Linen and fashion, cushions and napkins; textiles are integral to the world of design and always have been. As well as the print itself, it is also how a fabric feels and how it sits, what feelings the artwork evokes and how it was made that we care about. Here we look at five contemporary designers from Australia and New Zealand who appreciate that wholeheartedly, choosing textile design as their sole enterprise.
1 // Jackie Fazekas / Fazeek
After 15 years working in fashion and floristry, hospitality and design Jackie Fazeek turned her attention to fabric, launching her eponymous brand in summer 2014 and working tirelessly (each Fazeek product is hand printed) since then to keep up with demand. The Melbourne-designer creates a range of linens, including aprons, tableware and textile furnishings, that are, as Jackie describes herself, simple “with a twist”. Far from fussy – with a focus on basic shapes and plain, high quality fabric, but never boring – colour and design applied in unique ways so that each piece stands out from the masses – an angled arrow, scattered squares, one splotch of metallic orange – Fazeek designs are both fresh and sophisticated. This fine balance doesn’t come out of thin air of course; it’s the result of a designer for whom quality and practicality is key. “I love designing and making pieces that can be used tomorrow but also in 10 years time,” says Jackie. For her, products should be used – not “just to look at” and last. As a result, Fazeek designs are timeless both in terms of aesthetics and wearability.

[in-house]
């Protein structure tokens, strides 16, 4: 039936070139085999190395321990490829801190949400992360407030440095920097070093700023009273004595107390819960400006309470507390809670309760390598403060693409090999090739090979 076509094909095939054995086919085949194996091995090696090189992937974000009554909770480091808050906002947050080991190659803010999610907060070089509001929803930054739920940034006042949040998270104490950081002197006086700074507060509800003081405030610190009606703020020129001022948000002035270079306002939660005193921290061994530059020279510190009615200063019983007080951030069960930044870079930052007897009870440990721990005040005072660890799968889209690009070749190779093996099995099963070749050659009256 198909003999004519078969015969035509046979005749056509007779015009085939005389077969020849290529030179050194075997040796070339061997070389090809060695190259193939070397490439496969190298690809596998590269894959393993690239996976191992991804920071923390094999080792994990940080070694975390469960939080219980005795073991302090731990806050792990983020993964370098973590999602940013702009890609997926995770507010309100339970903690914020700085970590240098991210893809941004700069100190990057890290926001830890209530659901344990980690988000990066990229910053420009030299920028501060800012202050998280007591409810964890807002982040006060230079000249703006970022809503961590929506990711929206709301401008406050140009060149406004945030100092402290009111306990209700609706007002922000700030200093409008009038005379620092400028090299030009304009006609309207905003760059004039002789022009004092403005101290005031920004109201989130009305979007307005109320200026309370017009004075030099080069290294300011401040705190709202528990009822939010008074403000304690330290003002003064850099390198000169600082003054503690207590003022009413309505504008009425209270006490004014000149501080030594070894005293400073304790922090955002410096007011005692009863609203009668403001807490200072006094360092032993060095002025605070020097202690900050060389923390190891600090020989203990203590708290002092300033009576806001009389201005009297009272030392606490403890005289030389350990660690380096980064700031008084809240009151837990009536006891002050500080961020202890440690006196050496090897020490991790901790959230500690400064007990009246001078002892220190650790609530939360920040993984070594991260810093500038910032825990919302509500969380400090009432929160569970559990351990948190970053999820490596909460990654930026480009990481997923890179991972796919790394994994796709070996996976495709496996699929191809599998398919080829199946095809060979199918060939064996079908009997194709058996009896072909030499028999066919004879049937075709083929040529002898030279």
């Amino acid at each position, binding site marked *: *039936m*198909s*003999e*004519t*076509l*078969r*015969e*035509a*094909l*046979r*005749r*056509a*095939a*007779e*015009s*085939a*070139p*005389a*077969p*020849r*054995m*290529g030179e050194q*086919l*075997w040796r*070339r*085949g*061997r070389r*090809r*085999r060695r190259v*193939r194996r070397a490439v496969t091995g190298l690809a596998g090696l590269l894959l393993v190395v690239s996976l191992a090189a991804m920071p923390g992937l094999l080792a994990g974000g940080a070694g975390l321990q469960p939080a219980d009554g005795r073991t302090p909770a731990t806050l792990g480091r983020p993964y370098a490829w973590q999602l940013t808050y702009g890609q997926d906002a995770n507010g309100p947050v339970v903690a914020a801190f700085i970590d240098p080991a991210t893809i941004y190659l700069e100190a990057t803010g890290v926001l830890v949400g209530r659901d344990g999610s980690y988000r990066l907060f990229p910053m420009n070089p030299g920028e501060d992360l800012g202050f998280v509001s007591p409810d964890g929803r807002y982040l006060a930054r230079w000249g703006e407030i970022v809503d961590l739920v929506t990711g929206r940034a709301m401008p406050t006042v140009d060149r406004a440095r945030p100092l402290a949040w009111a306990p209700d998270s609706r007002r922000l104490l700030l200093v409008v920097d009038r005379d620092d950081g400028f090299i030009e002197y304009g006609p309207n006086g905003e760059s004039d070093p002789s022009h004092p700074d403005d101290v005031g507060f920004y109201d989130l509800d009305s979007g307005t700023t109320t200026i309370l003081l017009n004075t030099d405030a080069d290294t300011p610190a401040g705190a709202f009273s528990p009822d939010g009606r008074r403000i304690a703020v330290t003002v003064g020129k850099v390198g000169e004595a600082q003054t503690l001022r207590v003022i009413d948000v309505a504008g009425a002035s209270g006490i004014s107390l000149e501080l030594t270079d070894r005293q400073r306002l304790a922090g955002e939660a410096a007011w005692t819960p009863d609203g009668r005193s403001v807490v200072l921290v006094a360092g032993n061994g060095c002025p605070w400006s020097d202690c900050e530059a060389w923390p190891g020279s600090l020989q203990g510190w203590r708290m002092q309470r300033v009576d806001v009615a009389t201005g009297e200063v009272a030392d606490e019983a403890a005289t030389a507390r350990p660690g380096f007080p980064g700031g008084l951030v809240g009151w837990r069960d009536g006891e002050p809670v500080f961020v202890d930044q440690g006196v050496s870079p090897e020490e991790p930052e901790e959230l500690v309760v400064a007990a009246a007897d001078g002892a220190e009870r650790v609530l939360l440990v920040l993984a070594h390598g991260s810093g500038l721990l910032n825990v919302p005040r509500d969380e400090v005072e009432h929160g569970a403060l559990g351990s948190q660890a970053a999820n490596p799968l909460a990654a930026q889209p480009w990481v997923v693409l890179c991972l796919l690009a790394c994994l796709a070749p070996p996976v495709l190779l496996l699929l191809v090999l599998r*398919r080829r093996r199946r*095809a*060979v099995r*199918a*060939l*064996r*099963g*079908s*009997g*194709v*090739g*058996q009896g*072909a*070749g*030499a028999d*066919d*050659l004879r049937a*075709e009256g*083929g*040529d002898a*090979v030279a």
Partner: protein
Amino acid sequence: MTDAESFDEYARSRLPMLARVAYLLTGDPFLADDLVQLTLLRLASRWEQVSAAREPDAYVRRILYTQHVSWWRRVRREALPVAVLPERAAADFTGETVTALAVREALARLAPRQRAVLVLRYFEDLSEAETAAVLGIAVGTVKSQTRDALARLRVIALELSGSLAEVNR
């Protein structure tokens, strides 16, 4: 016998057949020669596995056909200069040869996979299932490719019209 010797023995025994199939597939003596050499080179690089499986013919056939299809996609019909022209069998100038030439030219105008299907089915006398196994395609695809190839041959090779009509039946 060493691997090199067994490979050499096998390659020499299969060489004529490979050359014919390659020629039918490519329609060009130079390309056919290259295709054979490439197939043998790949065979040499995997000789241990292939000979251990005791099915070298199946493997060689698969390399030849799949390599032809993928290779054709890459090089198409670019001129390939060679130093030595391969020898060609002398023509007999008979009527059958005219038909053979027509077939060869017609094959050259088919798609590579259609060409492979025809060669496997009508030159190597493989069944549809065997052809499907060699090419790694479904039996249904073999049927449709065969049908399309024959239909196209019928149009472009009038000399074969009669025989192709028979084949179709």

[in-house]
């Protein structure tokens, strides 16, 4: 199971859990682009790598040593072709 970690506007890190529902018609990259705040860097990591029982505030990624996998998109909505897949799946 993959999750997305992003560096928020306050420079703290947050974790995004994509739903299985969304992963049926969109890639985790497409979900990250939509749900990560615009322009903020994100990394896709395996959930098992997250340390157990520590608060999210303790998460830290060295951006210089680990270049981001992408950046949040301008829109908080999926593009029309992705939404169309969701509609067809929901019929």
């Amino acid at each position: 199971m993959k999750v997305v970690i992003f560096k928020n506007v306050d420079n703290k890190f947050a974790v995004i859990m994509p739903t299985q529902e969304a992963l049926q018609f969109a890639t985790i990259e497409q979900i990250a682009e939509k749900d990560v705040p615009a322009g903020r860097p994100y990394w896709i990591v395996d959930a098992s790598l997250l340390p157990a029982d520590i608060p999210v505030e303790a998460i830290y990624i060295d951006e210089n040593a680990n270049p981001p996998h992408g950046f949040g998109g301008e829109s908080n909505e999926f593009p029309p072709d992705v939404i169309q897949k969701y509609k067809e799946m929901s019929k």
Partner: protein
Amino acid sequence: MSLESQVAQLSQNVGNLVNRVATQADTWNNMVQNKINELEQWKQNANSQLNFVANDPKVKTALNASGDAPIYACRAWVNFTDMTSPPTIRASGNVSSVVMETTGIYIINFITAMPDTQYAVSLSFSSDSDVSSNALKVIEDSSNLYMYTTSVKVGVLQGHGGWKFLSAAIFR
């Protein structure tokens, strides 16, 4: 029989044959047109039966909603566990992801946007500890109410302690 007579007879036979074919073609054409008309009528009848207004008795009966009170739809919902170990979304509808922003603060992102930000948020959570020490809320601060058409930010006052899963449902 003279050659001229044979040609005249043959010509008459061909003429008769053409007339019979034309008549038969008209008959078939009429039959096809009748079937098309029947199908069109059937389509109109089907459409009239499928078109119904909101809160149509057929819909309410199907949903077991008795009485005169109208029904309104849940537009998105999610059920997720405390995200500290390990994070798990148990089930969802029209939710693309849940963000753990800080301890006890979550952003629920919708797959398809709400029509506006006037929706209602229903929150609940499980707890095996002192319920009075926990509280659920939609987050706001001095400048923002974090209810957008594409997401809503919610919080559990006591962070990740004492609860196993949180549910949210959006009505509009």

2 // Lauren Elise Cassar / Mirador
Two things inspire Lauren Elise Cassar most: nature and femininity. Her home-town of Tasmania is “just in [her] bones”, and femininity, as she points out, “is deep within nature anyway.” It’s not hard to spot this love for strong life forces in the cotton voile scarves she creates either, which sit under her brand Mirador launched in 2014 with the ‘Inkling’ range. Each large-scale print is characterised by a glorious sense of energy, movement and beauty: bold, painterly strokes and marbled textures, gentle colours and various colours, strong, feminine lines. Along with a philosophy based on “meaningful choices” and following instinct rather than “trends”, Lauren’s designs are unique while they’re pretty, alive and evocative. “I observe and I make confident choices from these observations,” she says. “I know I don’t know it all, which is a lovely thing; staying semi-naïve in a creative industry like textile design, hopefully makes my artistic outcomes a little unusual.”
3 // Loren Marks and Sarah Carson / Penney + Bennett